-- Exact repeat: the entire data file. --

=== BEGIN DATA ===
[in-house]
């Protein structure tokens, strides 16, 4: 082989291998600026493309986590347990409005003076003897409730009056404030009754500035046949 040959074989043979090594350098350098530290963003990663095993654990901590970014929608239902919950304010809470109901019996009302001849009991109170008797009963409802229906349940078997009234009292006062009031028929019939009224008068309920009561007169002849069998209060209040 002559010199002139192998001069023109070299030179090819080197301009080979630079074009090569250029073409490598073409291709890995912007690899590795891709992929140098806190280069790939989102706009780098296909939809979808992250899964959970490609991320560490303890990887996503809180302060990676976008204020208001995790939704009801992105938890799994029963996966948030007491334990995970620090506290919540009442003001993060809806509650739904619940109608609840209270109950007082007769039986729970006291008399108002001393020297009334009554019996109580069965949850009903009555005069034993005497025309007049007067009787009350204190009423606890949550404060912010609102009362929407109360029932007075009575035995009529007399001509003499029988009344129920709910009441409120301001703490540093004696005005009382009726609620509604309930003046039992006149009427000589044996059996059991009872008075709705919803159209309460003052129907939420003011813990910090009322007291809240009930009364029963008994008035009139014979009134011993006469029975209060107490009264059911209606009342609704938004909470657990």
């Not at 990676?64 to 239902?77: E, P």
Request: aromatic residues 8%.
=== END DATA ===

[in-house]
């Protein structure tokens, strides 16, 4: 082989291998600026493309986590347990409005003076003897409730009056404030009754500035046949 040959074989043979090594350098350098530290963003990663095993654990901590970014929608239902919950304010809470109901019996009302001849009991109170008797009963409802229906349940078997009234009292006062009031028929019939009224008068309920009561007169002849069998209060209040 002559010199002139192998001069023109070299030179090819080197301009080979630079074009090569250029073409490598073409291709890995912007690899590795891709992929140098806190280069790939989102706009780098296909939809979808992250899964959970490609991320560490303890990887996503809180302060990676976008204020208001995790939704009801992105938890799994029963996966948030007491334990995970620090506290919540009442003001993060809806509650739904619940109608609840209270109950007082007769039986729970006291008399108002001393020297009334009554019996109580069965949850009903009555005069034993005497025309007049007067009787009350204190009423606890949550404060912010609102009362929407109360029932007075009575035995009529007399001509003499029988009344129920709910009441409120301001703490540093004696005005009382009726609620509604309930003046039992006149009427000589044996059996059991009872008075709705919803159209309460003052129907939420003011813990910090009322007291809240009930009364029963008994008035009139014979009134011993006469029975209060107490009264059911209606009342609704938004909470657990």
């Not at 990676?64 to 239902?77: E, P």
Request: aromatic residues 8%.